collage and offset litho (300 signed, 10,000 unsigned)
Benefit print for the American Environment Foundation
Gerhard Richter grew up behind the Iron Curtain. Educated in East Germany, he is best known for his oversized photorealist paintings and bright gestural abstractions. While his photorealism may be tied to his formative training in the Socialist Realist style, his abstract canvases oppose the Communist veto of modernist forms of expression. As a student at the mural painting division of the Dresden Fine Arts Academy, Richter acquired superb technical skills, but detested the uniformity and restrictions imposed on artistic creativity. After defecting to West Germany in 1961, he began painting from photographs and founded the group Capitalist Realism, which sought to capture the nature of West Germany’s capitalist reality.
Based on a 1969 snapshot the artist took on the Canary Islands, Seelandschaft deploys a key trope of Socialist Realist landscapes—the prominent inclusion of the horizon line—that symbolizes the utopian future to which all Socialist societies aspired. The golden, almost apocalyptic, glow of the sky, however, forecasts an impending cataclysm rather than an earthly paradise. Moreover, the low-hanging clouds together with the forbidding wall of waves in the foreground produce a claustrophobic effect. What at first appears to be an infinite space emerges as a closed-off world, like the one Richter had left behind—a world in which no one could travel, or speak, freely.
Now on view in the exhibition “The Legacy of Socialist Realism" through June 22, 2014.
Gerhard Richter (German, born 1932)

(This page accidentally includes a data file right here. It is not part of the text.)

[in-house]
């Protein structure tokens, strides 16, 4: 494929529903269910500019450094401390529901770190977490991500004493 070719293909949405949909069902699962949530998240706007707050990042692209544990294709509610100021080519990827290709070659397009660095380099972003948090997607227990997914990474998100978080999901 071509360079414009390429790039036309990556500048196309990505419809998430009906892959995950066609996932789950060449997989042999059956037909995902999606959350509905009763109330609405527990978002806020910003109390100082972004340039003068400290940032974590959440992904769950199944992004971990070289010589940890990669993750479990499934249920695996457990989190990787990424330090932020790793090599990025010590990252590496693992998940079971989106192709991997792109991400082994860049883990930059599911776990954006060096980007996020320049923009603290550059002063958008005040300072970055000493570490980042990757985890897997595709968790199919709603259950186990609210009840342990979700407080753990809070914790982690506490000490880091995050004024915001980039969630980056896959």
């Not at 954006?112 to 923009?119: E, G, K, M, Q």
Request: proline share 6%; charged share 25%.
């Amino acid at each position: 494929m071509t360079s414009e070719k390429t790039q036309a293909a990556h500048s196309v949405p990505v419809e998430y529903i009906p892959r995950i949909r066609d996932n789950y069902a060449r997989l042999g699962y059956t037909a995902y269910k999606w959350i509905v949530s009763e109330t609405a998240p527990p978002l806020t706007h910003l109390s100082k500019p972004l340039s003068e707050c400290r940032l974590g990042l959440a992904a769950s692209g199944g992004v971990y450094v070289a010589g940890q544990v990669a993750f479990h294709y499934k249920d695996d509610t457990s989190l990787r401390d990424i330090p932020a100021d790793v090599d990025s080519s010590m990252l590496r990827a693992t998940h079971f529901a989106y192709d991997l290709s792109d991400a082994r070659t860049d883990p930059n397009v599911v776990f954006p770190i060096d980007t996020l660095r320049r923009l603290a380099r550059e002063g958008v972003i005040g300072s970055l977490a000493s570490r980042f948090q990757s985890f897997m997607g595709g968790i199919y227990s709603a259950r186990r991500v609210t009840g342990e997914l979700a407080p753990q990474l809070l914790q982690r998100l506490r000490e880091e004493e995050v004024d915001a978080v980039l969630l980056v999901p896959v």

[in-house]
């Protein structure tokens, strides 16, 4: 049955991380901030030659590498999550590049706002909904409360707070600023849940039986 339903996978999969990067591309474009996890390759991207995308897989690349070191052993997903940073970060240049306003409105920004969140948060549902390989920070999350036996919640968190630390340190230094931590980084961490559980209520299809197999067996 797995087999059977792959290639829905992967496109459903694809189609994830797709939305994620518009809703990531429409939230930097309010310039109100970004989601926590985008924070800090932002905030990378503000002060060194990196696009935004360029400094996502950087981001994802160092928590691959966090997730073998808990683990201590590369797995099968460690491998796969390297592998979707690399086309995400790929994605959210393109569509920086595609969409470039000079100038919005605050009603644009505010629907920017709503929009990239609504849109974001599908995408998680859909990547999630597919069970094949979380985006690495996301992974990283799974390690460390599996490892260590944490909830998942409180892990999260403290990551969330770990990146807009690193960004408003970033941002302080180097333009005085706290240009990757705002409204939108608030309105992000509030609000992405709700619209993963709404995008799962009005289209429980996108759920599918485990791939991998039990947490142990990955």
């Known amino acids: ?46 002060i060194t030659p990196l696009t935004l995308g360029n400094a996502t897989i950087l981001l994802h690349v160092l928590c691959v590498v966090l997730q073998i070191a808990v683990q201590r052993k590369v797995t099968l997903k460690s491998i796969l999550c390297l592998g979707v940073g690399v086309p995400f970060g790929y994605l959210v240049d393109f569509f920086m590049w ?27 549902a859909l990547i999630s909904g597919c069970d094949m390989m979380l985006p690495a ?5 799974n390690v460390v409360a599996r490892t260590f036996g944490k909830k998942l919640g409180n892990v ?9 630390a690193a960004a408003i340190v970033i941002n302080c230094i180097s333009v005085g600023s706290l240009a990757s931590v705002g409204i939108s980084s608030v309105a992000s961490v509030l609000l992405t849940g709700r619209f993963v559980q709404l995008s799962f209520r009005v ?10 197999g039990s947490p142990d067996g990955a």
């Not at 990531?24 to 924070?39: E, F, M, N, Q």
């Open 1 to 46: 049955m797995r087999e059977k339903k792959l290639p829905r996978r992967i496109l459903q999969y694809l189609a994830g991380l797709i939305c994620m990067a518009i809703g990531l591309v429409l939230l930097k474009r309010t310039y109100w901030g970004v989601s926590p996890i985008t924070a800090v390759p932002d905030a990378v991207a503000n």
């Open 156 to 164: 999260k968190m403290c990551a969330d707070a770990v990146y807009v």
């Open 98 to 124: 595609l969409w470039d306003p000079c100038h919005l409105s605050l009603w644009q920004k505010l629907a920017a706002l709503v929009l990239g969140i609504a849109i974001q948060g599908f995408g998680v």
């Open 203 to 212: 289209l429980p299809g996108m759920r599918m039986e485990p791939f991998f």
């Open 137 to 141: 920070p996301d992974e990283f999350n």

Seelandschaft (Ocean), 1971
Art Rental Collection Transfer, 1995.1
Darkroom experiments. I’m not sure if I could classify this as a photogram because I used an enlarger to project & print transparencies that I had painted on, similar to making film prints but without the actual film. This one maybe I won’t draw over
For three decades, starting in the 1930s, he did the same thing. He’d sit inside a photo booth. He’d smile. He’d pose.
And then—pop! pop! pop!—out would pop a glossy self-portrait, in shades of black and white. There he was, staring back at himself … and grinning. And, sometimes, almost scowling. There he was, mirthful. And, sometimes, almost scornful.
The man—nobody knows who he was—repeated this process 455 times, at least, and he did so well into the 1960s. Nobody knows for sure why he did it. Or where he did it. All we know is that he took nearly 500 self-portraits over the course of thirty years, at a time when taking self-portraits was significantly more difficult than it is today, creating a striking record of the passage of time.
The man’s effort is now being shared with the public in the form of a collection being shown at Rutgers’ Zimmerli Art Museum in New Brunswick. “445 Portraits of a Man,” the exhibit is appropriately called, takes these early, earnest selfies and presents them as art.
Read more. [Image courtesy Donald Lokuta]
John Paul White and Candi Staton perform together at the Alabama Music hall of Fame induction banquet in Florence, AL on feb. 28,2014